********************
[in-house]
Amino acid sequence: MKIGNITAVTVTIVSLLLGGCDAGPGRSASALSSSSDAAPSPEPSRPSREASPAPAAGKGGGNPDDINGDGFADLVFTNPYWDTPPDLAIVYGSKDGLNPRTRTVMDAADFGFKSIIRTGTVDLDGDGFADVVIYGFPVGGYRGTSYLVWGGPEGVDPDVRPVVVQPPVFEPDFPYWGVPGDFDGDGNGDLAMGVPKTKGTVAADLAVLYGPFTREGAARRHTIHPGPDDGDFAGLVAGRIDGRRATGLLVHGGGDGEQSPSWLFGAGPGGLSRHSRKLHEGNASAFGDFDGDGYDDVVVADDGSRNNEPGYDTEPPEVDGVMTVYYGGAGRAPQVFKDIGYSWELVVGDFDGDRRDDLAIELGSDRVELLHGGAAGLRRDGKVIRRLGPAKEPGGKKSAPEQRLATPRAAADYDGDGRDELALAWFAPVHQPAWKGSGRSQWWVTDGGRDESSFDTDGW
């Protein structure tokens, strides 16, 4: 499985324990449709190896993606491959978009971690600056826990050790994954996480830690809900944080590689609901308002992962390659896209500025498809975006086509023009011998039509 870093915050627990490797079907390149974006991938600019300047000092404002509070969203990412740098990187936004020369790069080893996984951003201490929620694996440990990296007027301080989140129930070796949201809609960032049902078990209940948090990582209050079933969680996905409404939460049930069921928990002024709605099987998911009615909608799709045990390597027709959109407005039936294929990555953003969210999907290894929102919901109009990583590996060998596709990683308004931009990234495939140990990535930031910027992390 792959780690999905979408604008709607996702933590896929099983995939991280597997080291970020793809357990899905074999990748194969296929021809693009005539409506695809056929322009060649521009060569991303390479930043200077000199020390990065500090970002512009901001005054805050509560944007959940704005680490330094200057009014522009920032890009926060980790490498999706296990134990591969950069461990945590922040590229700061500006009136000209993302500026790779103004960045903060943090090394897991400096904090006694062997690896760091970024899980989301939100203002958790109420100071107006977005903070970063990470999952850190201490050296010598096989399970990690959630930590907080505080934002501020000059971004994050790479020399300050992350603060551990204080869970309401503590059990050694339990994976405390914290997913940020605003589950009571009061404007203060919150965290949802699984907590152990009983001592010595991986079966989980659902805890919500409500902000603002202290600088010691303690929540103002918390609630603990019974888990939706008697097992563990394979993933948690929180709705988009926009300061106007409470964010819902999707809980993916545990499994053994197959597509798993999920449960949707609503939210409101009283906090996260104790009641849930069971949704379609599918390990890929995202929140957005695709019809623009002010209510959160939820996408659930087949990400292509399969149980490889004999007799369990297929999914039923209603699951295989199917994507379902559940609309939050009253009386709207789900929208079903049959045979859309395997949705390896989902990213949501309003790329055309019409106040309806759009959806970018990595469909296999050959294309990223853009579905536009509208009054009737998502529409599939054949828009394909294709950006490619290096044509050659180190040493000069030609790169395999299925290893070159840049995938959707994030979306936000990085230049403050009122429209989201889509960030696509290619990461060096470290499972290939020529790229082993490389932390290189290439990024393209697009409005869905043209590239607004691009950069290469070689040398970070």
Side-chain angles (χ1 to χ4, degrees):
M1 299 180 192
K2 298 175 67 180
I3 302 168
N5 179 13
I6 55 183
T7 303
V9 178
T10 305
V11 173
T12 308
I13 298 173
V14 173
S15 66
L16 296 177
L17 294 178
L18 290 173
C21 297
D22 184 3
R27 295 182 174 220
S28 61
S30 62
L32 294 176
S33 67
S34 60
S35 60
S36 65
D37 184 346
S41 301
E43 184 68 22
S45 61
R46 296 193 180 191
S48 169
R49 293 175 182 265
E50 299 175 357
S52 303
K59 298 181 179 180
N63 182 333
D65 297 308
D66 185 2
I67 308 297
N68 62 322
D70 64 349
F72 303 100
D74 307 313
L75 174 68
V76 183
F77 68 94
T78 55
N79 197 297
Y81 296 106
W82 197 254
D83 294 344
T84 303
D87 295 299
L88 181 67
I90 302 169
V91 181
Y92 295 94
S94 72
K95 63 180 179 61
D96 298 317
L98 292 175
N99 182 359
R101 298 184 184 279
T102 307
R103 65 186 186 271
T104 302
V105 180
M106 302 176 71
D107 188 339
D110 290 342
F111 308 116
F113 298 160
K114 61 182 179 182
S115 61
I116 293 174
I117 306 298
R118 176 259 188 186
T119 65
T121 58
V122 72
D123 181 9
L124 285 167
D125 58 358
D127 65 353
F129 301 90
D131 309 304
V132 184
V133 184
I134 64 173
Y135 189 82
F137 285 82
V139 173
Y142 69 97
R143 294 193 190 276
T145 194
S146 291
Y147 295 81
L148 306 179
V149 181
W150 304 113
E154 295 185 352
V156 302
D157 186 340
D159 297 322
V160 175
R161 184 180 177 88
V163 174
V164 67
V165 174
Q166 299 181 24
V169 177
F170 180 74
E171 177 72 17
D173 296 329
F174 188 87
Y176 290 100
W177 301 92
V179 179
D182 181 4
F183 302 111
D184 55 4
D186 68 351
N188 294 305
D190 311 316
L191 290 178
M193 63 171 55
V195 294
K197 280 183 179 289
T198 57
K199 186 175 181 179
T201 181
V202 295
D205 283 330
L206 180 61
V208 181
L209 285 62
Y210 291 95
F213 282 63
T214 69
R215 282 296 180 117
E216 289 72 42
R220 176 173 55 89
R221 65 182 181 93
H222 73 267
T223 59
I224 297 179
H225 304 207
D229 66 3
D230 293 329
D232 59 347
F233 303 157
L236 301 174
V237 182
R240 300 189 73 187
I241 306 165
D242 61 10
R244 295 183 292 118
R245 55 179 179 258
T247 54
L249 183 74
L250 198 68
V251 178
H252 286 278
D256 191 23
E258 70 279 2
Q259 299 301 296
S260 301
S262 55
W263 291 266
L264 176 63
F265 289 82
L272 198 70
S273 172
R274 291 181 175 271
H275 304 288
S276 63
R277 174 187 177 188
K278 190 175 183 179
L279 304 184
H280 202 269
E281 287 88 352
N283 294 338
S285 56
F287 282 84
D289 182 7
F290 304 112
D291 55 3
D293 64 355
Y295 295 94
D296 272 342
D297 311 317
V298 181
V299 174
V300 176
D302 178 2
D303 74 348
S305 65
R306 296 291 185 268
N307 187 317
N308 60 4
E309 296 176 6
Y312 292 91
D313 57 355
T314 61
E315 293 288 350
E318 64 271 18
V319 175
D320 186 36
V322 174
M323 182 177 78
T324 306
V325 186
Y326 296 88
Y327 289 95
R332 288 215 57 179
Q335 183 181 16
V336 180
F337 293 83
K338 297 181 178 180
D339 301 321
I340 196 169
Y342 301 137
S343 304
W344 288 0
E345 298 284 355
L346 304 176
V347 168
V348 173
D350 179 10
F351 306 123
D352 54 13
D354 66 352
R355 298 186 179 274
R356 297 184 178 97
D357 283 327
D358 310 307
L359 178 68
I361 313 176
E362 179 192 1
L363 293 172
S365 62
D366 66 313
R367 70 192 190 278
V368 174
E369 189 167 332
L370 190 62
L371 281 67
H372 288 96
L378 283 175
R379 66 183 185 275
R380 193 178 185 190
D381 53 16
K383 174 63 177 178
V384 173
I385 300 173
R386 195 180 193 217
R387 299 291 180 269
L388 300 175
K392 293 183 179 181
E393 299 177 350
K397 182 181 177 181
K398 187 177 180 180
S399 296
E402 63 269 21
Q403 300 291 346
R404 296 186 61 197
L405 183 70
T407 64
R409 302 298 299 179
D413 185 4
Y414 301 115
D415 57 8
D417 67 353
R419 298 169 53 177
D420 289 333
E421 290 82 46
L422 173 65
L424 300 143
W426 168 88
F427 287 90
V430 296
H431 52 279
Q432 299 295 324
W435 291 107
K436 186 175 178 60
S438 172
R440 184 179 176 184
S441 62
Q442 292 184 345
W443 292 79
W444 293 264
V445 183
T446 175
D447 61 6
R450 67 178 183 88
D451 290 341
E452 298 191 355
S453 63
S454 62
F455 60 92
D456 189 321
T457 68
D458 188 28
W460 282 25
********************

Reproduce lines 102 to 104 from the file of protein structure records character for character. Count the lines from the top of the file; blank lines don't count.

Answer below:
Y147 295 81
L148 306 179
V149 181